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In danger of losing valuable voice

SINCE the election, those looking for a political window on future government thinking or for robust criticisms of current practice have kept a close eye on the House of Commons Education and Employment Select Committee.

Chaired first by Margaret Hodge, then by Malcolm Wicks, the committee built a strong reputation as an independent political voice in education. Highlights included shaming the Government over the teacher-recruitment crisis and a detailed critique of the Office for Standards in Education.

However, as we enter what will probably be the final political year before the next election, the committee is in danger of losing its way. Both Ms Hodge and Mr Wicks have gone on to become education ministers while the new chair, Barry Sheerman, is struggling to make his mark.

The most recent report on private-sector involvement in education failed to make a political impact and the higher education inquiry currently underway shows little signs of being more focused.

What was originally conceived as a short inquiry to look into accusations of university elitism has ballooned to include individual members' hobby-horses. This "quick" investigation is now unlikely to be completed much before Christmas.

After a public row with Nick St Aubyn, aConservative member of the committee, during evidence to the inquiry on higher education, Sheerman narrowly avoided facing a vote of no confidence.

St Aubyn withdrew the threat of a vote after the Liberal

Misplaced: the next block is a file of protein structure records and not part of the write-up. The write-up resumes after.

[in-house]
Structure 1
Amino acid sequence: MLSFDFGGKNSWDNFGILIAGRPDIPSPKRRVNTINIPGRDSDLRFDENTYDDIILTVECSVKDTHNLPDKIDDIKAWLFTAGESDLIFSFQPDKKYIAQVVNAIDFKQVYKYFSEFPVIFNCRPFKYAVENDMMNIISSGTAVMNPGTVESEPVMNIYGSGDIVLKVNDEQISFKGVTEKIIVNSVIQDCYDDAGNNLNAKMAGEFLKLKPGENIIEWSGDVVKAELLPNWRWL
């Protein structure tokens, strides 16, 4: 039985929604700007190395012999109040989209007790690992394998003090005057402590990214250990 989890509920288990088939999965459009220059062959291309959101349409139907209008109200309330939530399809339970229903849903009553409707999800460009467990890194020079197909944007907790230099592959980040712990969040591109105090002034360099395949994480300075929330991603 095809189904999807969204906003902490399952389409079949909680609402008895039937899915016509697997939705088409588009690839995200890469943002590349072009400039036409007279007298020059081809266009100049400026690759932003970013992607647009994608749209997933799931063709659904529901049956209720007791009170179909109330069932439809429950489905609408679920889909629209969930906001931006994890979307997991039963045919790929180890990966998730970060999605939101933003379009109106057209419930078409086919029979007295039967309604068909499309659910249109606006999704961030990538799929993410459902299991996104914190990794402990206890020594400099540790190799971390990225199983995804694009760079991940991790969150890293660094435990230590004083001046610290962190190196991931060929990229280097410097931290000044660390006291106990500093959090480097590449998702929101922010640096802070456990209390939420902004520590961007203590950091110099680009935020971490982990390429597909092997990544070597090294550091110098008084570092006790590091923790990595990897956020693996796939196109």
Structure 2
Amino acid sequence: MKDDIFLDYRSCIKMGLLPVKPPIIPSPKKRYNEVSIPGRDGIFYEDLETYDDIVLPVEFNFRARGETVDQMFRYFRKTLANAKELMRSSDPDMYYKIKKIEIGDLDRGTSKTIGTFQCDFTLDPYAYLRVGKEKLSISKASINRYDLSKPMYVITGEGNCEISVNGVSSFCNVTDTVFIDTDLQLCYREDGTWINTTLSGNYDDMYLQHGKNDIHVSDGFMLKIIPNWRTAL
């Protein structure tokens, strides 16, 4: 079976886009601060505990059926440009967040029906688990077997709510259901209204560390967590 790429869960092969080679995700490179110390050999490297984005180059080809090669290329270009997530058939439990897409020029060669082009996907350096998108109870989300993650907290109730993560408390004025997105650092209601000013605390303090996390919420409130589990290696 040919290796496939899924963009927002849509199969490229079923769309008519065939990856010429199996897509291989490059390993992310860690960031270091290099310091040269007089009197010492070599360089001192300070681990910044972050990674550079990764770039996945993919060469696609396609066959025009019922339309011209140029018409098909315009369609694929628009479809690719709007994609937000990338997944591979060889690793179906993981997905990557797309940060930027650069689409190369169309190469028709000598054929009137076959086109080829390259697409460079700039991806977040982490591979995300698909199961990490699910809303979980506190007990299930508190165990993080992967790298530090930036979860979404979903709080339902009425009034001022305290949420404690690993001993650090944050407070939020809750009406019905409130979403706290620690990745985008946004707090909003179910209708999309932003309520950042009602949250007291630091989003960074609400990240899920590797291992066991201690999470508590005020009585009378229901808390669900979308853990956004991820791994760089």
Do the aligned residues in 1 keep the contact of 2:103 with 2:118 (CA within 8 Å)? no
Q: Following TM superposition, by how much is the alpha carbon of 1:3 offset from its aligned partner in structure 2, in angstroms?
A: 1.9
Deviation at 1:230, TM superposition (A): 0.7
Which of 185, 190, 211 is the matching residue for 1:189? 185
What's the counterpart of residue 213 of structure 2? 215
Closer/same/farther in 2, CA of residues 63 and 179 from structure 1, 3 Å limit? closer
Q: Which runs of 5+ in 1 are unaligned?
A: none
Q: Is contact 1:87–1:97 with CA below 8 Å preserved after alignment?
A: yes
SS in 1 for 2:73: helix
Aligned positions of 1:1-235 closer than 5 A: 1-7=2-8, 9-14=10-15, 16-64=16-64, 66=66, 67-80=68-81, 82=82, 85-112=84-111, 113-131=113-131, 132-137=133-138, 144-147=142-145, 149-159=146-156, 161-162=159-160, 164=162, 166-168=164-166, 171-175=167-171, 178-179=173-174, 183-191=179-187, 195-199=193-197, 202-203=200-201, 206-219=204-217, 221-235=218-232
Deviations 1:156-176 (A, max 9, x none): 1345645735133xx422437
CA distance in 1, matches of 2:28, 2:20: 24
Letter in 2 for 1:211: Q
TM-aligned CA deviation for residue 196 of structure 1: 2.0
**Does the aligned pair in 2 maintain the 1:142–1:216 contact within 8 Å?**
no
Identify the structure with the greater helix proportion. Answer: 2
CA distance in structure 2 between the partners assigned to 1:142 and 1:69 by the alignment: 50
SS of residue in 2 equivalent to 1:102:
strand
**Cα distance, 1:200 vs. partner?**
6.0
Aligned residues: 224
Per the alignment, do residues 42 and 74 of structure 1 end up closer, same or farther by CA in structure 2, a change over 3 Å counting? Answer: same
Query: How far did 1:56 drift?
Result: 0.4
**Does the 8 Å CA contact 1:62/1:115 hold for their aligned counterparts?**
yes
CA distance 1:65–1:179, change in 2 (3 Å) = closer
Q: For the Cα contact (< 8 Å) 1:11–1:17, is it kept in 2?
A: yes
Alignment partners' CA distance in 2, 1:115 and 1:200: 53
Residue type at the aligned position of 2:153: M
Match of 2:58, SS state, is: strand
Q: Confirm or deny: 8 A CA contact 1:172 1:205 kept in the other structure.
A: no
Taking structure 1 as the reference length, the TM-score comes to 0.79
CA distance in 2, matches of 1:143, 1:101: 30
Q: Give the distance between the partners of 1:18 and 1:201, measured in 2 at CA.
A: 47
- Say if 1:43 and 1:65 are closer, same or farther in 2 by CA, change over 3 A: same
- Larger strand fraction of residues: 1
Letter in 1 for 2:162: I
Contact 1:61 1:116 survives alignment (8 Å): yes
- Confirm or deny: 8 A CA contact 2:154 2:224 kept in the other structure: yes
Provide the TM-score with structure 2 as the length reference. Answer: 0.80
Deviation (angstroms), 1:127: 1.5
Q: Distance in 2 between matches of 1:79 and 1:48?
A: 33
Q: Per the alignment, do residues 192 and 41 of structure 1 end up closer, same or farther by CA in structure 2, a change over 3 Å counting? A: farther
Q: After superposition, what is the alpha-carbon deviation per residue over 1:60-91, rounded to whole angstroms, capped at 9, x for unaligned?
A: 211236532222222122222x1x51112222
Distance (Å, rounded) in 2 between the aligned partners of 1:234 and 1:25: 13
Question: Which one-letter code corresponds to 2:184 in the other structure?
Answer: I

Democrat members told him they would back Sheerman

but several members - Labour MPs among them - are

known to be unhappy with his performance.

They are worried that the profile of the committee is declining and that Sheerman is failing both to listen to the views of other members of the committee and to give its work a clear sense of direction.

Not all the committee's

problems are Mr Sheerman's fault. It has lost several of its more able members such as Don Foster, ex-Liberal Democrat

education spokesperson, Theresa May who has moved to the

opposition front bench and

Caroline Flint, promoted to a

junior government job.

But the role of the chair is

crucial. He or she has the key role in keeping members of the different parties happy and in shaping both the scope of

inquiries and the content of reports.

There is a feeling that unless Mr Sheerman gets a grip soon, the committee will lose the valuable political capital it has established and a weighty voice in education will be lost.

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